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Deirdre Watchorn

April 21st, 2022

What does Open Science mean for disciplines where pen and paper are still the main working methods?

2 comments | 43 shares

Estimated reading time: 7 minutes

Deirdre Watchorn

April 21st, 2022

What does Open Science mean for disciplines where pen and paper are still the main working methods?

2 comments | 43 shares

Estimated reading time: 7 minutes

Open Science and its wider application to the social sciences and humanities, is predicated on the idea that research can be reproduced and shared across digital platforms, but to what extent do researchers actually use digital tools a part of their work? Commenting on a recent study into the workflows of social scientists and humanities researchers, Deirdre Watchorn argues open science policies should adopt more nuanced approach to these different kinds of research.


The push towards open science across all disciplines has gained steam in the past years, as new mandates are being delivered and new business models are being developed at high speed. Most of these initiatives, however, take research cultures in the sciences and technology as their starting point. The humanities and social sciences, if considered at all, are treated as an afterthought.

Our insight research investigating the working practices of humanities and social science (HSS) researchers confirms this tendency. What’s more, it suggests a disconnect between some demands of open science and the very nature of HSS research itself.

Take the European Commission’s definition of open science, for instance: “Open science is a system change allowing for better science through open and collaborative ways of producing and sharing knowledge and data, as early as possible in the research process, and for communicating and sharing results.”

Open science as defined by the EU and other funding bodies is predicated on a number of key ideas:

  • that academic research involves analysing and producing data of some kind
  • that this data can be stored or shared electronically
  • that it is created through digital collaboration

But our research finds that many HSS academics rarely use digital working methods and collaboration tools and struggle to understand how to ‘share data’ when they typically work with texts, artefacts, collections and objects.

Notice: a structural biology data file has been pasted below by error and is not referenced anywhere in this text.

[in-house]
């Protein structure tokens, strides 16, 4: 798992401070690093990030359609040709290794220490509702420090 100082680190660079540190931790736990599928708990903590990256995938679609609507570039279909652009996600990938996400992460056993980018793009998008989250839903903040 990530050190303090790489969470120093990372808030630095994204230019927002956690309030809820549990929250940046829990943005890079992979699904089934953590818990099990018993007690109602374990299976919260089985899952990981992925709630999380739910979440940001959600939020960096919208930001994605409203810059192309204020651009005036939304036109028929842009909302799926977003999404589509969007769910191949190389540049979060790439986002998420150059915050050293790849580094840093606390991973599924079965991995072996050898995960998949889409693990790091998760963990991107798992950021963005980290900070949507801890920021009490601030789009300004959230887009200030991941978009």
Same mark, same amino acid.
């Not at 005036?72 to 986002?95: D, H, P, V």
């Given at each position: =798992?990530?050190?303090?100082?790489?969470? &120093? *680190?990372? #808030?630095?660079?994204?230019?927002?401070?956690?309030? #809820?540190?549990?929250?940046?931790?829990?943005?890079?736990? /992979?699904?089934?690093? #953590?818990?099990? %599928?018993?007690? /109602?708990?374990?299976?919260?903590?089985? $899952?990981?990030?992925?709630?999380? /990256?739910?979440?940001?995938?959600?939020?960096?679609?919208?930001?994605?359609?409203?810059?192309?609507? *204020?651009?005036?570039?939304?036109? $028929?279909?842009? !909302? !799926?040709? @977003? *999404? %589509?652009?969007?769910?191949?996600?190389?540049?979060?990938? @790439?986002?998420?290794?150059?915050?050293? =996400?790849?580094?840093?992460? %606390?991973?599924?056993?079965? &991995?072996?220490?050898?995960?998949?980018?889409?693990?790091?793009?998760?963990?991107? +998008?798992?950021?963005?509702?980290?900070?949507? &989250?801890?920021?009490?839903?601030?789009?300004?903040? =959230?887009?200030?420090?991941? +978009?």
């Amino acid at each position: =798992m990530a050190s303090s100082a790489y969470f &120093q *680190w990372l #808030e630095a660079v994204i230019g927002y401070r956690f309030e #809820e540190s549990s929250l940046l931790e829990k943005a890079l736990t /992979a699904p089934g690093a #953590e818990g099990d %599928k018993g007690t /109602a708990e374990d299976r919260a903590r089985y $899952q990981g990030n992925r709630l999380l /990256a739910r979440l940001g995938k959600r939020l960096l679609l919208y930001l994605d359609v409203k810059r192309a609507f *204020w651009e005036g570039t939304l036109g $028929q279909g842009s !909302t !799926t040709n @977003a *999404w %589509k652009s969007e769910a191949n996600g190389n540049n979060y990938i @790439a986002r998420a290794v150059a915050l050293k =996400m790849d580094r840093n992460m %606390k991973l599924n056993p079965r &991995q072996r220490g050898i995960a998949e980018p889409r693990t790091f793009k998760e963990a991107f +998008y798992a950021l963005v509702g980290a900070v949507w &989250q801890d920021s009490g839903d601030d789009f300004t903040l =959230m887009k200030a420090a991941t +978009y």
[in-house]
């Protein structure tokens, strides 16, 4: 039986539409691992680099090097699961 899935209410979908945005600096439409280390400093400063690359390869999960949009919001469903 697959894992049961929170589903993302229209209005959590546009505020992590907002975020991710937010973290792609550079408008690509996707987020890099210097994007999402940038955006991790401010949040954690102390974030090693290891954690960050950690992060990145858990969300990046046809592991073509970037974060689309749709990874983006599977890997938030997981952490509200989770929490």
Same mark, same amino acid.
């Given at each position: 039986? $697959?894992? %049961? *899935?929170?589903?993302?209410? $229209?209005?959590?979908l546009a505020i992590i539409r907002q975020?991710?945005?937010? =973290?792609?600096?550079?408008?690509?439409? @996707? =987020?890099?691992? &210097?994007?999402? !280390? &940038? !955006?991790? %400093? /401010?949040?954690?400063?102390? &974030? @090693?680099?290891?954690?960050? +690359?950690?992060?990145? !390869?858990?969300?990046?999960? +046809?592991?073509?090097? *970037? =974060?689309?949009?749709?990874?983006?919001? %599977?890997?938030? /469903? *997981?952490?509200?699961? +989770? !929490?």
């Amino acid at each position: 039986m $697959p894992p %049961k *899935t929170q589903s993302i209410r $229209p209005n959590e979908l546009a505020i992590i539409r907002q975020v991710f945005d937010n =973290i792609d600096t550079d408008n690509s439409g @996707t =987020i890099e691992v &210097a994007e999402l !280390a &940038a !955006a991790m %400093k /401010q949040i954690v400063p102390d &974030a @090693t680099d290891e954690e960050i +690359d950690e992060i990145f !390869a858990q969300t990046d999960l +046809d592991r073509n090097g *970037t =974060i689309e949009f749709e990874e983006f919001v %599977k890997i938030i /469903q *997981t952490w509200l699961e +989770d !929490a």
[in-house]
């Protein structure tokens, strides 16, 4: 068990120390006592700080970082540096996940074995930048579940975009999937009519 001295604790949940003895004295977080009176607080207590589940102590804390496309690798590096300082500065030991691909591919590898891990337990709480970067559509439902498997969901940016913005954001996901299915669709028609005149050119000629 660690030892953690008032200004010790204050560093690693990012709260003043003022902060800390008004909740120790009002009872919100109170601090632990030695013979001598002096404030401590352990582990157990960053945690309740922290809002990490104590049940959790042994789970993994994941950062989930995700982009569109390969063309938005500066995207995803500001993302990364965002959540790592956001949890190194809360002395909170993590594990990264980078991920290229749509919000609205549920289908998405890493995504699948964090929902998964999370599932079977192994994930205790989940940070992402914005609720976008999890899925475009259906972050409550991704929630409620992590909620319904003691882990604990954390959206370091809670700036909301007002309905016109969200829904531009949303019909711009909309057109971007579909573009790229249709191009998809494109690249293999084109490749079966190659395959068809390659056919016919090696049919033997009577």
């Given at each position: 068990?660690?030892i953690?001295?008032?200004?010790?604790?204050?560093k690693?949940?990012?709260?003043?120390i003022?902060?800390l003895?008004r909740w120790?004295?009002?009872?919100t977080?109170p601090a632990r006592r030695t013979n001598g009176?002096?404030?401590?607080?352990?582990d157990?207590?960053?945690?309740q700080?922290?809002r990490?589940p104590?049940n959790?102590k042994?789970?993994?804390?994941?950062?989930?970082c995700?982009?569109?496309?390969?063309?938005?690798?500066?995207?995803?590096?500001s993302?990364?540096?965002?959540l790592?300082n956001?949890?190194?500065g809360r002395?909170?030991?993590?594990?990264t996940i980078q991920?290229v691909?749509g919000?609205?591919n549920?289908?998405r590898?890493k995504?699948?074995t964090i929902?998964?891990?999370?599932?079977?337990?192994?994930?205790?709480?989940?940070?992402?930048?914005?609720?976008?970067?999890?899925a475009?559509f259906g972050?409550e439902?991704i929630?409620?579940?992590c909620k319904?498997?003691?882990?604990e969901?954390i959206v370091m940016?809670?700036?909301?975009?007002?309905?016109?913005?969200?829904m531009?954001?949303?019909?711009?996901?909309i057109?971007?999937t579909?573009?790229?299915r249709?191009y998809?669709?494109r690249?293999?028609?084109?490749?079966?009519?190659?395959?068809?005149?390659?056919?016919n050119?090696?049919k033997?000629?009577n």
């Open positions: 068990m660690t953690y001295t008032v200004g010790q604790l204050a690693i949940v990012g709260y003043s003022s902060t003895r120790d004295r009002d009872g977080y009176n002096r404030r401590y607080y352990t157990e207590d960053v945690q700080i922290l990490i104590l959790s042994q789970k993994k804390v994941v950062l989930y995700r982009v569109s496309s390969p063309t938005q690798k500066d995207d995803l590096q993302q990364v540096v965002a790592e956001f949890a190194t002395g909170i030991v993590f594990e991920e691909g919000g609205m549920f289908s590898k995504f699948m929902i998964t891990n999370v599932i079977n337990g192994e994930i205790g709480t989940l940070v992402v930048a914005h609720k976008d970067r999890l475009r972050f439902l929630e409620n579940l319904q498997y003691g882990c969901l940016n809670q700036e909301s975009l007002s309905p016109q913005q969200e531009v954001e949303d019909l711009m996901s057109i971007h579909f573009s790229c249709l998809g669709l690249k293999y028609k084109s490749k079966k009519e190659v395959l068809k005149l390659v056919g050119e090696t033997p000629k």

Examining workflow

Conducted across Germany, Austria and Switzerland, our research surveyed 641 HSS researchers and included in-depth interviews with 14. Our team asked detailed questions about their workflow and how they conducted their research day to day: the sources they access, how they shared their work, the technologies they did (or didn’t) use and the processes they typically deployed to get the work and writing done.

94% of social scientists say they use Microsoft Word to write up their work. The vast majority also use Word to manage their references with just one in five using reference management software.

Broadly, the findings paint a picture of an HSS research community that uses enduring methods to conduct research – in many cases methods that have remained unchanged for years – and that they do so because they work. Regardless of age or experience, the study finds that the vast majority of scholars prepare, plan, structure and write their material in a way that makes little use of the collaboration platforms, tools and reference management technologies available.

Traditional methods prevail

94% of social scientists say they use Microsoft Word to write up their work. The vast majority also use Word to manage their references with just one in five using reference management software. Indeed, one in four humanities scholars draft early versions of their manuscripts in long hand. Most of the researchers we surveyed have no need for digital collaboration tools either – perhaps because the majority work alone – and where collaboration is needed, HSS scholars prefer to use email. They also overwhelmingly use email rather than social channels to promote their work.

This tried and tested approach to conducting research extends to what HSS researchers search for and how they search for it. While digital discovery methods via online university catalogues and Google Scholar are extensively used, it doesn’t appear these resources are particularly liked.

Let’s get physical